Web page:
Listen and Learn

I often remind myself to talk less and listen more, because I have a strong tendency to the former, and while I want to listen to others, indeed respect what is being said (most of the time) I seem to have a hard time stopping my mouth. The truth is I think I have a harder time stopping my brain than my mouth, but the core effect is the same: it is hard to hear what someone else is saying when either your brain or your mouth is running on, and if you can’t hear what is being said there is no chance that you are going to learn anything new.

A brief digression: My son is an amazing story-teller. He will start with what you think is a basic explanation of the functionality of the new Lego ship he built and forty-five minutes later he is explaining the intricacies of inter-galactic travel and the possibility of life on other planets. Listening to what he is saying, actively listening where you participate and ask questions and think about what is being said can be hard. It’s not that I don’t want to hear about it, well, honestly sometimes I don’t, but I do value what he has to say – it’s that letting go of all of the other stuff happening in your head so that you can be fully present in what is happening in that moment is not easy. It’s not easy to turn off all of the stuff you want to say and think, or to slow down the planning for the next minute, day, week or month to let yourself fully engage in the information coming from someone else.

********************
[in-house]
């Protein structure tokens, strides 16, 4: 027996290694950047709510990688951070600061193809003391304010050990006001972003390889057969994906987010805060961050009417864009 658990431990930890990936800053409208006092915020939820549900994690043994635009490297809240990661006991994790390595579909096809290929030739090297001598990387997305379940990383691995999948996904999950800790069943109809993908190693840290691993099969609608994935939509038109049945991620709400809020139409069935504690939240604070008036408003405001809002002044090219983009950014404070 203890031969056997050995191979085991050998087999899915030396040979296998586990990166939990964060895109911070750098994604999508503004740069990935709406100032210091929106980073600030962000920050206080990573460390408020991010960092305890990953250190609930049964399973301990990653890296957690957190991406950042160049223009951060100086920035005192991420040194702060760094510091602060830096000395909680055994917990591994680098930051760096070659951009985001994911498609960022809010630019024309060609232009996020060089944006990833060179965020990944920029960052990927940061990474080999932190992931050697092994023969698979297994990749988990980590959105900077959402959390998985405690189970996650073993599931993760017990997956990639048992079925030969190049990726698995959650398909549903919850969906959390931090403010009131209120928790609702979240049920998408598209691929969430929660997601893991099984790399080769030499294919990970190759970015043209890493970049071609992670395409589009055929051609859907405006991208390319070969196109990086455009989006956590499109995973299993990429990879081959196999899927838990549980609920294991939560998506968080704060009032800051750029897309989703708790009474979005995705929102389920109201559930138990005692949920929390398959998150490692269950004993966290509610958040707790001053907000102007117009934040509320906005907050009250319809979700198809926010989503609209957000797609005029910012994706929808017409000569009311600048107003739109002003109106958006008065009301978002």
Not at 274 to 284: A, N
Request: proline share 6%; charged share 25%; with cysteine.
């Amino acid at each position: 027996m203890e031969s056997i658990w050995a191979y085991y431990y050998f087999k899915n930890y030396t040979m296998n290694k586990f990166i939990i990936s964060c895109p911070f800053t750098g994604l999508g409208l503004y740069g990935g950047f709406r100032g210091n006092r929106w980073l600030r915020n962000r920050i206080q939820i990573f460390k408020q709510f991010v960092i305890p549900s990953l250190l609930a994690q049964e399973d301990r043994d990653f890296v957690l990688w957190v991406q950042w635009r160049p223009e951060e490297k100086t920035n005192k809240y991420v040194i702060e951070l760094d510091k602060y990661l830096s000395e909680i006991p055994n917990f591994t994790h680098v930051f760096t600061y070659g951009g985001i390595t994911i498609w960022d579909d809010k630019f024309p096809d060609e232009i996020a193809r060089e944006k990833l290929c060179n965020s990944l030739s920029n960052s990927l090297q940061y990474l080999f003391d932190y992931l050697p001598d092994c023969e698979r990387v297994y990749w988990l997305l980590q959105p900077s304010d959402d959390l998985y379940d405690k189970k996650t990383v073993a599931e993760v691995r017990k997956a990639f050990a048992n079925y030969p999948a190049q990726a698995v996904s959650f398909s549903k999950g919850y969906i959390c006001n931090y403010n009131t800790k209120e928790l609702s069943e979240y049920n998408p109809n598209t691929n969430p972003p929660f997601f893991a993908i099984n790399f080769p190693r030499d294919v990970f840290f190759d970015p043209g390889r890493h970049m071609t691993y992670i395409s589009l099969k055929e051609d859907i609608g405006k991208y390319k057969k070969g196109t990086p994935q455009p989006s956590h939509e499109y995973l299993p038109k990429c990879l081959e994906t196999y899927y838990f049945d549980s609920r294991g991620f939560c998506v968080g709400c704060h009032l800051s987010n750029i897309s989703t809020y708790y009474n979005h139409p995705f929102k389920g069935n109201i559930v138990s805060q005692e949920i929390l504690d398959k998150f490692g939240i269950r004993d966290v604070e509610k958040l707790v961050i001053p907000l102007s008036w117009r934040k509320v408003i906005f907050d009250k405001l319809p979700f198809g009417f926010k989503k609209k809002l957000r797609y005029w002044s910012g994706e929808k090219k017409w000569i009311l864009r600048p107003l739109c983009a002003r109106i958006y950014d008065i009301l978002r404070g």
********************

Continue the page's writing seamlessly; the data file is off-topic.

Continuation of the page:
I don’t know what every recovery program is like because I am and have only ever been in one. And, I haven’t been in it for very long so don’t have a whole lot of information to go off of. But, one of the things I have already learned, from listening, is that there is actually room enough for everyone to be heard. Sometimes in our lives we get loud, or obnoxious, or inconsiderate, or a number of other things largely, I think, because we don’t believe that we are being heard and at a fundamental level we all want to be heard, physically and emotionally. I don’t think that we can all get heard exactly when we want, sometimes we may have to hold onto our thoughts and wait our turn, but there does seem to be room enough for everyone. And sometimes, as you wait your turn, if you know that your turn will come, you are able to still that hand you are mentally waving in the air like an overachieving third grader, and hear some amazing things from the people who are in line before you. Or not. Not everything happening in the world of paying attention and listening is brilliant, but at least you have the chance to hear and think and reflect and there is a whole lot of learning that can come from that moment.

Another interesting thing I have picked up to date: even when someone says something you completely disagree with, or that you think is absurd in every conceivable way you have actually heard what they said just as they wanted to say it – without any layers of emotion that you needed to include because you wanted it to be your turn, or without hearing bits and pieces because you were in and out of focus as you thought of all the other things happening in your life. It was their moment and you can stop to hear it and reflect on it and there will still be room for you and what you want to say, and all of the things queued up in your brain for attention will either still be there or they will have self-defined their level of importance by leaving.
My struggle continues to be wanting to make sure that my thought or idea gets out there too – not because I necessarily believe it is smarter or better, but because I do believe (or maybe hope) that it will contribute to the community of ideas being considered. What I am learning is that it is important to listen, and perhaps to pause for consideration of my own before needing to say anything myself. Given the fact that I write it is natural that I would also want to speak. But I am becoming more confident in knowing that what I write, and what I say may be even more valuable if it is reasoned and thoughtful, not just noisy!